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Recently I came across the SkipList data structure. It really helped me to solve an otherwise difficult-to-solve problem. I was struggling to solve it using Balanced Binary tree but it became very complex as the tree needs to be always balanced and I wanted to know the existence of not only a particular value but values in a certain range. SkipList helped me to solve that problem effectively.

I am wondering what other data structures do I need to know of? I know about - Array, List, Stack, Queue, Linked List, hashtable, tree and its different forms like B-tree, Trie etc. Would like to know if you find some other data structure/concept interesting as well as useful in a regular development cycle.

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Which language are you using that you have to build this stuff yourself? It is good to know this stuff, but I would avoid writing it myself, especially for production code. –  Marcelo Cantos Jun 18 '10 at 14:43
    
I am using Java and C++. There are libraries that I am using for SkipList, but I did not know them at the first place which made me uncomfortable. –  Shamik Jun 18 '10 at 14:45
    
Define recent. –  Aryabhatta Jun 18 '10 at 16:28
    
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2 Answers

up vote 2 down vote accepted

You didn't mention graphs which are very powerful and if you don't know about them you should definitely read up on them. Look up Dijkstra's algorithm and the A* search algorithm as well as general Depth First Search and Breadth First Search.

You also left out heaps, which are often used as the underlying structure for a priority queue. Binary heaps are the simplest, but you could also look into min-max-median heaps, binomial heaps (fast merges) and Fibonacci heaps (fast decrease key - useful for some graph algorithms).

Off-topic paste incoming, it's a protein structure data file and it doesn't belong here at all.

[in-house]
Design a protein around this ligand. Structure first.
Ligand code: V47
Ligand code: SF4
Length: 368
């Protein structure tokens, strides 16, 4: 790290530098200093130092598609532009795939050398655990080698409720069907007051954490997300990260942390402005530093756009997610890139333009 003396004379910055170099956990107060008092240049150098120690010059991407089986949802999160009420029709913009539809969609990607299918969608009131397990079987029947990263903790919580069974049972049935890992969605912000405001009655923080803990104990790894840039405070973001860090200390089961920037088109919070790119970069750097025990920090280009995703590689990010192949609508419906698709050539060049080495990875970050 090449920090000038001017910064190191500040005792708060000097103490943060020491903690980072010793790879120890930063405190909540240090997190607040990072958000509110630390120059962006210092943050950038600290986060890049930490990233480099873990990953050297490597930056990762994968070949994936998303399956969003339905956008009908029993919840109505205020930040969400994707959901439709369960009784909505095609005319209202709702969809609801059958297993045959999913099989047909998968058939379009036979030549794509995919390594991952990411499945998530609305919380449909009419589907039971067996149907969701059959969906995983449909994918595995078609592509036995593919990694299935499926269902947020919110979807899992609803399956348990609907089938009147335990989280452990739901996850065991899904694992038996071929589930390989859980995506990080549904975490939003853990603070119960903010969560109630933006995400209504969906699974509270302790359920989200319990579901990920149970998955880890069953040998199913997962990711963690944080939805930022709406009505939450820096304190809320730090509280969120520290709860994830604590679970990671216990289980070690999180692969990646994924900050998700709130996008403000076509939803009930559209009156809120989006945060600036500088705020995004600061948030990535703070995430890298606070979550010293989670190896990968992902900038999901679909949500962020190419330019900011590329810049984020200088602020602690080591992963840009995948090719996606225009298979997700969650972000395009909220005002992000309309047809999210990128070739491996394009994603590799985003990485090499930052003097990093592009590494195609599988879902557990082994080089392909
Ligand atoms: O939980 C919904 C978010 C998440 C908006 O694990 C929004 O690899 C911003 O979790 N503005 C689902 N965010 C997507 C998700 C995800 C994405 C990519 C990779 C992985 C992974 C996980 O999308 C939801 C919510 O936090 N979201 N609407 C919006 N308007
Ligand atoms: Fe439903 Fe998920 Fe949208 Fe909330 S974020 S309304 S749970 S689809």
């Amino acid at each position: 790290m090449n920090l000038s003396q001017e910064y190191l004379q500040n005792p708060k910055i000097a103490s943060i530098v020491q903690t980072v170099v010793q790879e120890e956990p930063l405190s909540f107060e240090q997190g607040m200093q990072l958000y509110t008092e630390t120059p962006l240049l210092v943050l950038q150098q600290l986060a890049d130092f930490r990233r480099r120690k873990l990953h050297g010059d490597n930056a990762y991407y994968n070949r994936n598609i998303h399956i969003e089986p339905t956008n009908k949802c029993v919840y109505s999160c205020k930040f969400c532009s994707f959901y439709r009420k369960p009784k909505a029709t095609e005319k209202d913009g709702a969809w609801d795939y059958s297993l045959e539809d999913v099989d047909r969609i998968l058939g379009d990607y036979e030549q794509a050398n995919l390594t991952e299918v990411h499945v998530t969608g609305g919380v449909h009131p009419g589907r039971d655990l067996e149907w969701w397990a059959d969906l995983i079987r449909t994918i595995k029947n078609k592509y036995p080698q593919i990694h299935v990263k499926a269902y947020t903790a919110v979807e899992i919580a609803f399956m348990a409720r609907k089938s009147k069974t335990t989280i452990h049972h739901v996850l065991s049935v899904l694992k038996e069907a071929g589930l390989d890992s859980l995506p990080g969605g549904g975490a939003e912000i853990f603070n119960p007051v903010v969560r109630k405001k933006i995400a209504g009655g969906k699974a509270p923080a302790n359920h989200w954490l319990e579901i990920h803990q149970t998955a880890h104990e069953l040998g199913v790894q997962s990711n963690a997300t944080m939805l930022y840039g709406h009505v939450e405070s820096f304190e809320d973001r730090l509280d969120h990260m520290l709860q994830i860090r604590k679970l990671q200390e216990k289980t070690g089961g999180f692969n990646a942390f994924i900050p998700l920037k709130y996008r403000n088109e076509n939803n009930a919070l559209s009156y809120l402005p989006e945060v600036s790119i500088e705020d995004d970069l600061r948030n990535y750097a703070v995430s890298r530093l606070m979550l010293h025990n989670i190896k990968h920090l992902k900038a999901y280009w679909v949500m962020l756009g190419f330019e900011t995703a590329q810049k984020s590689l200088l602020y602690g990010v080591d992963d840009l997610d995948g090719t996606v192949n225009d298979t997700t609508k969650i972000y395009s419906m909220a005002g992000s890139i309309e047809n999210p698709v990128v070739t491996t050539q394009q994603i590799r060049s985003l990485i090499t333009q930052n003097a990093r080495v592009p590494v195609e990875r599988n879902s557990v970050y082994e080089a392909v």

Other interesting data structures include Patricia tries which are space-efficient tries (keyed on substrings instead of characters), splay trees, which are balanced and can be programmed to be persistent. Also checkout Bloom filters, which is a probabilistic data structure that allow you to determine if an element is a member of a set. It can have false positives but not false negatives and is space/time efficient.

Finally, you can go the functional route and look into immutable and persistent data structures. Many of those are just functional versions of data structures you already know. If you are interested in that then I recommend checking out Okasaki's Purely Functional Datastructures.

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That is a nice list. I am poor in Graph theory - never really practiced them after college. Any book or study material you would like to recommend me on Graph? –  Shamik Jun 18 '10 at 15:00
    
When I started out I was using the CLRS aka Introduction to Algorithms, however I remember having some difficulty with it - the pseudo code used in the book isn't always clear. Unfortunately I don't really have any other recommendations. –  Niki Yoshiuchi Jun 18 '10 at 15:03
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You have both "List" and "Linked List", and it's not at all clear what difference (if any) you intend between the two. Anyway, one obvious structure you've skipped is the heap (which you might be classing as a type of tree, but that's quite uncertain at best). Ultimately, trees are a subset of graphs, so if you haven't studied graphs (in general) that's probably an area to explore.

I would note that none of these is particularly "recent" though -- they've all been known for decades now. Most of these really general structures have been known for quite a while. More recently discovered ones tend to relate to more specific subject areas.

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Thank you, yes Heap and priority Queue is something I missed. –  Shamik Jun 18 '10 at 14:54
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